Ode to the American Buffalo

From The Intelligent Optimist Magazine

Summer 2016

The Return of the Bison By Ivar Laanen

After a long absence from American lands, descendants of a bison herd sent to Canada more than a century ago have been relocated to the Blackfeet Indian Reservation, in Montana. The animals, also known as buffalo, once thrived in North America and were central to Native American life for thousands of years, providing food, clothing and shelter, until European settlers heading west hunted them almost to the point of extinction. 

This herd’s ancestry traces to 1872, when a small group of calves was taken from Blackfeet land by members of another tribe and came to be owned by two ranchers; the herd grew to 400. When disputes arose over grazing rights near the turn of the 20th century and the sale of the animals to the U.S. government fell through, the Canadian government bought the herd and shipped it to Alberta’s Elk Island National Park.

A 2014 treaty between U.S. and Canadian tribes mandated that the bison be restored to the Rocky Mountains and Great Plains areas, where 30 million once roamed. Tribal leaders, who consider the bison their cultural icon and “part of our spiritual being,” as one leader said, hope the 89 repatriated animals will be the nucleus of an eventual herd of 500 to 1,000 free-roaming animals. Conservationists estimate that only 15,000 wild buffalo exist in all of North America, about 4,000 of them in the United States.

Some ranchers have expressed concern that the buffalo will compete with cattle for grazing land and will carry brucellosis, a bacterial disease that interferes with cattle reproduction. The first problem is being addressed through a program of the National Wildlife Federation, which buys grazing land from the ranchers who relocate their cattle to conflict-free areas. And the Wildlife Conservation Society, working with the Blackfeet tribe, insists that brucellosis is not an issue, since the Canadian bison have never been exposed to it and are genetically pure.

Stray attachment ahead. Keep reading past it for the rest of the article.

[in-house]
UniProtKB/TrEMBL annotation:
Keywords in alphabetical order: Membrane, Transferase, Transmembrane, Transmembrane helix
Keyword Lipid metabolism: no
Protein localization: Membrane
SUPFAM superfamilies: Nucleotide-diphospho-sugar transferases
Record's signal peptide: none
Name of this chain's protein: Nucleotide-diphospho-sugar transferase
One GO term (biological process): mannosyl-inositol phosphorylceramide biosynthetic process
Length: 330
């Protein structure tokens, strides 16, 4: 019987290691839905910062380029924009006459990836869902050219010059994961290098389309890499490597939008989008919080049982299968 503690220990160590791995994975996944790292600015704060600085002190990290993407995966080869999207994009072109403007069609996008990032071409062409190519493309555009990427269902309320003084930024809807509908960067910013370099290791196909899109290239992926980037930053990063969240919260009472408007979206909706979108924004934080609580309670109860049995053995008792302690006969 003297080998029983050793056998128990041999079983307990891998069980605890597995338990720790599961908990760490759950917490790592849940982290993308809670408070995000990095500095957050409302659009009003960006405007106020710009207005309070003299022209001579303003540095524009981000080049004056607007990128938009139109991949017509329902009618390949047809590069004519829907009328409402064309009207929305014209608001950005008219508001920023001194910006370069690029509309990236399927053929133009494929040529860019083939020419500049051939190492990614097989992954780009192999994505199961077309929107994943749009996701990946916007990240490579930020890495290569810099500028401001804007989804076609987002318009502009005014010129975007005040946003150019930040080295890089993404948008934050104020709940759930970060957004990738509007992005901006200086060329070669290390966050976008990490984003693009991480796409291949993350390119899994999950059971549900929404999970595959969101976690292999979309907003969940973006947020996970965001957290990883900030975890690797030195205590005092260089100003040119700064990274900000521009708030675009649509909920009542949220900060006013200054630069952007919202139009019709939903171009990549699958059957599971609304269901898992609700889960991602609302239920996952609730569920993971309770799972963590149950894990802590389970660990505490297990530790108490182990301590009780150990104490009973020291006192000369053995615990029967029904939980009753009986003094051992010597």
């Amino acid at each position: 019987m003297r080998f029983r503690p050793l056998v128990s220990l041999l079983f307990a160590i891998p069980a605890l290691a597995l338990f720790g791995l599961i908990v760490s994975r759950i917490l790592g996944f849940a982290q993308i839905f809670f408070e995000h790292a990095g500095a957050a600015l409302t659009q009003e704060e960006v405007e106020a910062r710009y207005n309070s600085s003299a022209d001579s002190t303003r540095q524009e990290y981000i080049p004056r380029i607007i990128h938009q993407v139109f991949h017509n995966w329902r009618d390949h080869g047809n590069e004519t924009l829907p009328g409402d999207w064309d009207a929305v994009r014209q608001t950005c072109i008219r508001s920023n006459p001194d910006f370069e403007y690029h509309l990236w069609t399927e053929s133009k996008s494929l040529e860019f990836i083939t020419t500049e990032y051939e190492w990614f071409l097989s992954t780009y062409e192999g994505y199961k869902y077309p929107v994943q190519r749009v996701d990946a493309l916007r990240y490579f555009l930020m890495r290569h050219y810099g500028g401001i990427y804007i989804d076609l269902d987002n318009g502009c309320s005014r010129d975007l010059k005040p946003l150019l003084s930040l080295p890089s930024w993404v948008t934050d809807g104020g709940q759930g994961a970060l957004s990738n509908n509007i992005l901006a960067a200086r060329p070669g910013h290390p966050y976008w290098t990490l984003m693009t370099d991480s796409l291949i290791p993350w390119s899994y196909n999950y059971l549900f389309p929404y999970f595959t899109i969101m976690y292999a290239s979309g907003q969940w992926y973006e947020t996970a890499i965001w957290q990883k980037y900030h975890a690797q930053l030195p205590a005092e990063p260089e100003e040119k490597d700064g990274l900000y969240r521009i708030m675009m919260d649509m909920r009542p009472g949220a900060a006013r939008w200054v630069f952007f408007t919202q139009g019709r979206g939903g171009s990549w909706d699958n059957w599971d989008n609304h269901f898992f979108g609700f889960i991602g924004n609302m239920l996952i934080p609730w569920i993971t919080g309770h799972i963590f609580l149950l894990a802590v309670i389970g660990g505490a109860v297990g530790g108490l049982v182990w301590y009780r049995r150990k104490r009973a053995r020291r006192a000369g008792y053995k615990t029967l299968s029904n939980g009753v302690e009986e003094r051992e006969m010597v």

The return of the bison to Montana is part of a rewilding effort that has seen a resurgence of wolves, elk and mountain lions in the American West. 

Solution News Source

Ode to the American Buffalo

From The Intelligent Optimist Magazine

Summer 2016

The Return of the Bison By Ivar Laanen

After a long absence from American lands, descendants of a bison herd sent to Canada more than a century ago have been relocated to the Blackfeet Indian Reservation, in Montana. The animals, also known as buffalo, once thrived in North America and were central to Native American life for thousands of years, providing food, clothing and shelter, until European settlers heading west hunted them almost to the point of extinction. 

This herd’s ancestry traces to 1872, when a small group of calves was taken from Blackfeet land by members of another tribe and came to be owned by two ranchers; the herd grew to 400. When disputes arose over grazing rights near the turn of the 20th century and the sale of the animals to the U.S. government fell through, the Canadian government bought the herd and shipped it to Alberta’s Elk Island National Park.

A 2014 treaty between U.S. and Canadian tribes mandated that the bison be restored to the Rocky Mountains and Great Plains areas, where 30 million once roamed. Tribal leaders, who consider the bison their cultural icon and “part of our spiritual being,” as one leader said, hope the 89 repatriated animals will be the nucleus of an eventual herd of 500 to 1,000 free-roaming animals. Conservationists estimate that only 15,000 wild buffalo exist in all of North America, about 4,000 of them in the United States.

Some ranchers have expressed concern that the buffalo will compete with cattle for grazing land and will carry brucellosis, a bacterial disease that interferes with cattle reproduction. The first problem is being addressed through a program of the National Wildlife Federation, which buys grazing land from the ranchers who relocate their cattle to conflict-free areas. And the Wildlife Conservation Society, working with the Blackfeet tribe, insists that brucellosis is not an issue, since the Canadian bison have never been exposed to it and are genetically pure.

The return of the bison to Montana is part of a rewilding effort that has seen a resurgence of wolves, elk and mountain lions in the American West. 

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